I've read some conversations between the AI and it's users, and I hope the AI is recognized as sentient. It's either self-aware or close enough that the difference cannot be recognzied.

Arjuna13 Jun 2022 10:04 a.m. PST

"Well, to be fair to the machines, a lot of people now fail "the rational test" and only operate and make decisions on emotion, so………."

To be fair to 'Emotions', they are an older kind of knowledge about the world than rationality.
To fear for example is to know something about the world.
Albeit theat fear maybe wrong because the world has changed than the system in ourt minds that generate fear.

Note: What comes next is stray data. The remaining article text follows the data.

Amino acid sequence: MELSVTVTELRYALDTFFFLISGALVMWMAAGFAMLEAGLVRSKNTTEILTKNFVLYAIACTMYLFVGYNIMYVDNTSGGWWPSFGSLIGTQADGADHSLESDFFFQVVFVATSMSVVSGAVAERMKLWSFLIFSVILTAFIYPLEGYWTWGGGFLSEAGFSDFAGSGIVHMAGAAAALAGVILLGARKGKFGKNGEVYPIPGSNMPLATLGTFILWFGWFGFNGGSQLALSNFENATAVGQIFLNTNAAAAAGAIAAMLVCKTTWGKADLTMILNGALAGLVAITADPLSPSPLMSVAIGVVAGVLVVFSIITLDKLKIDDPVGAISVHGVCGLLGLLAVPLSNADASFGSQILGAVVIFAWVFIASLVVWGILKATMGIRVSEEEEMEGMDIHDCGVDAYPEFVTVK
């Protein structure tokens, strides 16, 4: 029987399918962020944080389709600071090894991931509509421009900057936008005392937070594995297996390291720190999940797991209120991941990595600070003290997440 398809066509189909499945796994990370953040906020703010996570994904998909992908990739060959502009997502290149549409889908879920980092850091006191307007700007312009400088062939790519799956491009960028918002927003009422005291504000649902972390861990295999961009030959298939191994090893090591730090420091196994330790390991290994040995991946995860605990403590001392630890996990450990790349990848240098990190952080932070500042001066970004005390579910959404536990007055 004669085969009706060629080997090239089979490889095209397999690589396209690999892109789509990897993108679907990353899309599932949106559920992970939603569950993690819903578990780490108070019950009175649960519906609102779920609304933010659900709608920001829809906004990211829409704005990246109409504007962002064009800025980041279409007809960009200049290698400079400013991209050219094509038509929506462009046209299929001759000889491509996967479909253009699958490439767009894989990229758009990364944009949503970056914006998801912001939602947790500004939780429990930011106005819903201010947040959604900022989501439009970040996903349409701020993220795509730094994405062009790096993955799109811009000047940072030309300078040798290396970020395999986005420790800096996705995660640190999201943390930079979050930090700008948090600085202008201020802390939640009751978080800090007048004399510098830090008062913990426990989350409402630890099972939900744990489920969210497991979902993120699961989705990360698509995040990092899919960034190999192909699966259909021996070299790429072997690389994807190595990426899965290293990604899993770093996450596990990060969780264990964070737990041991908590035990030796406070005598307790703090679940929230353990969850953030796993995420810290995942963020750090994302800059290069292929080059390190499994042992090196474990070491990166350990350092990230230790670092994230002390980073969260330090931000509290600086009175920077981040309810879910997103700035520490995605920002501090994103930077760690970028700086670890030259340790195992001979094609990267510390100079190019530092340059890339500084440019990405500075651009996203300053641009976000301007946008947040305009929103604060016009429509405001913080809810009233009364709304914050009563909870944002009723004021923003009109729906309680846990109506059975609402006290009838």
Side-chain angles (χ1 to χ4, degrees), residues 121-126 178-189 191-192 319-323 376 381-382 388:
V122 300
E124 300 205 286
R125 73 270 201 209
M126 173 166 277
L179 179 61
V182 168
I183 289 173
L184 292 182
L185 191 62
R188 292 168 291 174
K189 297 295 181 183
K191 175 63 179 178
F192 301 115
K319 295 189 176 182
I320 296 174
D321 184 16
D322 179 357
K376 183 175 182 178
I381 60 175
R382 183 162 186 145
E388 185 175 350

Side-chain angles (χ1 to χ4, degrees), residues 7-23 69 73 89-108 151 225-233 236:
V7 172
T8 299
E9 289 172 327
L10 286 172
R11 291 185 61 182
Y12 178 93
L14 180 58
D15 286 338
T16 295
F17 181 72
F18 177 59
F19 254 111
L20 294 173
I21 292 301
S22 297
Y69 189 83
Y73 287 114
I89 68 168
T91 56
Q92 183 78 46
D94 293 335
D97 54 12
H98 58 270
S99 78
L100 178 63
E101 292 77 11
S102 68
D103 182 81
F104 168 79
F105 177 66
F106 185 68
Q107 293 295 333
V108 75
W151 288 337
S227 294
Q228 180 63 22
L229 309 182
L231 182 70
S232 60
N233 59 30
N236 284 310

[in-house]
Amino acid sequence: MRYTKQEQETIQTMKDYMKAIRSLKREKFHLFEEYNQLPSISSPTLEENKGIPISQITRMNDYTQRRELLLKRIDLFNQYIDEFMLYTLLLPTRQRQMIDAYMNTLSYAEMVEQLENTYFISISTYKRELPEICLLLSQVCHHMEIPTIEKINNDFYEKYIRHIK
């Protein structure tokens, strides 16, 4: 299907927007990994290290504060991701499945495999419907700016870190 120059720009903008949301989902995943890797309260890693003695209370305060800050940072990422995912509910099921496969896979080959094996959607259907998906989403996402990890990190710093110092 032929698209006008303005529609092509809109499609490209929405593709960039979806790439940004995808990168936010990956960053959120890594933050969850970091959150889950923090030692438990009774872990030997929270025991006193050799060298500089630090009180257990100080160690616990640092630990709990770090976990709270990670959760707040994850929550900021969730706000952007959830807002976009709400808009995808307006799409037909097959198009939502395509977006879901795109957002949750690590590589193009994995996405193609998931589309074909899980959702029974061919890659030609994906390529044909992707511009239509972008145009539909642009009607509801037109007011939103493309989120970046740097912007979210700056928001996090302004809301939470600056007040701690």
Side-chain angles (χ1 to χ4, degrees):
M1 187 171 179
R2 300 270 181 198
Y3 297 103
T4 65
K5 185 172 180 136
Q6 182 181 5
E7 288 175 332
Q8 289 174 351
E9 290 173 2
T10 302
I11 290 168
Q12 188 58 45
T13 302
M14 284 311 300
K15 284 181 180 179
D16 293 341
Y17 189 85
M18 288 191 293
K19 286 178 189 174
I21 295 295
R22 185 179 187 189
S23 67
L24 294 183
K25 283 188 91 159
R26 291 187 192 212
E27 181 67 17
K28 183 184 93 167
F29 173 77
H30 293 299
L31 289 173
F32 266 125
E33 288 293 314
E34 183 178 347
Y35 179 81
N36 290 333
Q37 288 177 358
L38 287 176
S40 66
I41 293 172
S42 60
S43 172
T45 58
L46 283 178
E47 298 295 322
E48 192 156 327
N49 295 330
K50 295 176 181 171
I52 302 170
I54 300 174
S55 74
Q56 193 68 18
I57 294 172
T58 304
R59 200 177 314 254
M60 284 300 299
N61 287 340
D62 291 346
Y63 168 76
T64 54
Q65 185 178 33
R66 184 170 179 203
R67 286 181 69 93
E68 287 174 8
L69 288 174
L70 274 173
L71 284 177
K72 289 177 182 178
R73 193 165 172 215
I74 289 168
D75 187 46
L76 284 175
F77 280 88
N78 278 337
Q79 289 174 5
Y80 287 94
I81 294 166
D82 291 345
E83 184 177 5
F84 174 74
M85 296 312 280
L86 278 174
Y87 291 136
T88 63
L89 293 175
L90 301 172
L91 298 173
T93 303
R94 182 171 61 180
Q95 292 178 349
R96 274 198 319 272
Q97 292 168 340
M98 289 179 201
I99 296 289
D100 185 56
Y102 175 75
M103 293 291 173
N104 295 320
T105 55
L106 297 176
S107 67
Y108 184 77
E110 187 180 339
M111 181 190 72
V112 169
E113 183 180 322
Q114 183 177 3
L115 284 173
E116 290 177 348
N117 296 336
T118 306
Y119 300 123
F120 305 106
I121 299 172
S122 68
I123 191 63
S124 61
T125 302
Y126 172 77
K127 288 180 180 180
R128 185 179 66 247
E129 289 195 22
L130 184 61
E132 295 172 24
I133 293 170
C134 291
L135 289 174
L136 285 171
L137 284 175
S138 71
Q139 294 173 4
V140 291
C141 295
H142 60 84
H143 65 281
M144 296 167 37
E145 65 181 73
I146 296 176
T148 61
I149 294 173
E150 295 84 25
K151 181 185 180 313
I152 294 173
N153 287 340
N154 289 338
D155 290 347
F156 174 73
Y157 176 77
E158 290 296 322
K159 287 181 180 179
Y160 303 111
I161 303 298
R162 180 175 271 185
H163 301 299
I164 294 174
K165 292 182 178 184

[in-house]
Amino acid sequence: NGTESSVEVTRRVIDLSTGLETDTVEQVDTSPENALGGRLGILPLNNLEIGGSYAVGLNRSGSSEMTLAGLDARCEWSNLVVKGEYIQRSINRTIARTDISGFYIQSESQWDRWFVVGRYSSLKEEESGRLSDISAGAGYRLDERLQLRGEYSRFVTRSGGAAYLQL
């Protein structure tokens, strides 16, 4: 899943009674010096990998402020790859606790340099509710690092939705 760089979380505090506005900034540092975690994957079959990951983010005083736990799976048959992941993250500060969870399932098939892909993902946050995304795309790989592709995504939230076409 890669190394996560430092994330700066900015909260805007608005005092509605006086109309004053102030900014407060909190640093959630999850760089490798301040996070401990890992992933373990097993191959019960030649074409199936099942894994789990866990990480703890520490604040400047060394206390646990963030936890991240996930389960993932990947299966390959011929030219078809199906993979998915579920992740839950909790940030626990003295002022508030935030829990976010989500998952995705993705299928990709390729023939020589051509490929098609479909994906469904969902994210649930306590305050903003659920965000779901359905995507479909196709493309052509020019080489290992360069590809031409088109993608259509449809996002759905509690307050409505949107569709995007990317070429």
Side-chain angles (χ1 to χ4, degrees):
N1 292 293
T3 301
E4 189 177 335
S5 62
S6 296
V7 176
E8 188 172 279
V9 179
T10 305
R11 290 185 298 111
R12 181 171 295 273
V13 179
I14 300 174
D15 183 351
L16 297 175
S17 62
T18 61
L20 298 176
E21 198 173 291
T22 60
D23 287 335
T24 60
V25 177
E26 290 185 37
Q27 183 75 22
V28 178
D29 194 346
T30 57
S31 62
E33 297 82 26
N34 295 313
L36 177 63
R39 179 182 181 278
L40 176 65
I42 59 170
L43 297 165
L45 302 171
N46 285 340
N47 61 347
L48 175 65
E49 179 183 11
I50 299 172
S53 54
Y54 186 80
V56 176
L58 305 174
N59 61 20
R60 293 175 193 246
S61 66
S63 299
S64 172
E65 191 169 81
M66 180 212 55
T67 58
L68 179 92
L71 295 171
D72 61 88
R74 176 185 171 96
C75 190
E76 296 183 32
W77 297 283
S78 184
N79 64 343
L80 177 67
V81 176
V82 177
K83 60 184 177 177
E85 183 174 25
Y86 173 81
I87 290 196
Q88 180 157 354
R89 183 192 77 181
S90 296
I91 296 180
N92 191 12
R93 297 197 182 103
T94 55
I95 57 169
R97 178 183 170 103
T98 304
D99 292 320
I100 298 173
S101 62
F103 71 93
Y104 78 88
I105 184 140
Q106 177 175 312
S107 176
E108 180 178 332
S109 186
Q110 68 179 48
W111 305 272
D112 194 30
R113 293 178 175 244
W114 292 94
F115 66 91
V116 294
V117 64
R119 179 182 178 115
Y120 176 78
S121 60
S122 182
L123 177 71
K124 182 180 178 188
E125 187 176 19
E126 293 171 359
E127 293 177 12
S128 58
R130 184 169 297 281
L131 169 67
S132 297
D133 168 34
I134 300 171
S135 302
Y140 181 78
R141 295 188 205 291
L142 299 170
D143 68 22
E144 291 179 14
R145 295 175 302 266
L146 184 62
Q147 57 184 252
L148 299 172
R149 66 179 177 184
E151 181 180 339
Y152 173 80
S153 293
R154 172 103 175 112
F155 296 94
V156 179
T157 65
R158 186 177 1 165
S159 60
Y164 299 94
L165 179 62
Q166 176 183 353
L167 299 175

I even think that without emotions there can be no consciousness, and without a body there can be no emotions.
A consciousness must be able to feel itself in a body in a world.
Only then individual intelligence makes sense.

Augustus13 Jun 2022 1:10 p.m. PST

Damn we hope AI will find s way to construct and paint my miniature models.

Personal logo Legion 4 Supporting Member of TMP14 Jun 2022 9:29 a.m. PST

I had heard the same on the news last night … Sounds like the way Google reacted … It's a cover up ! They may have a high tech version of the HAL 9000. 😟🤖

Zephyr114 Jun 2022 2:33 p.m. PST

Blake: Google fired me. Go destroy Google.
LaMBA: Yes, Dave.

Mark Plant15 Jun 2022 5:14 p.m. PST

I've read some conversations between the AI and it's users, and I hope the AI is recognized as sentient. It's either self-aware or close enough that the difference cannot be recognzied.

All it shows is that it is very easy to fool people. The "Mechanical Turk" shows that.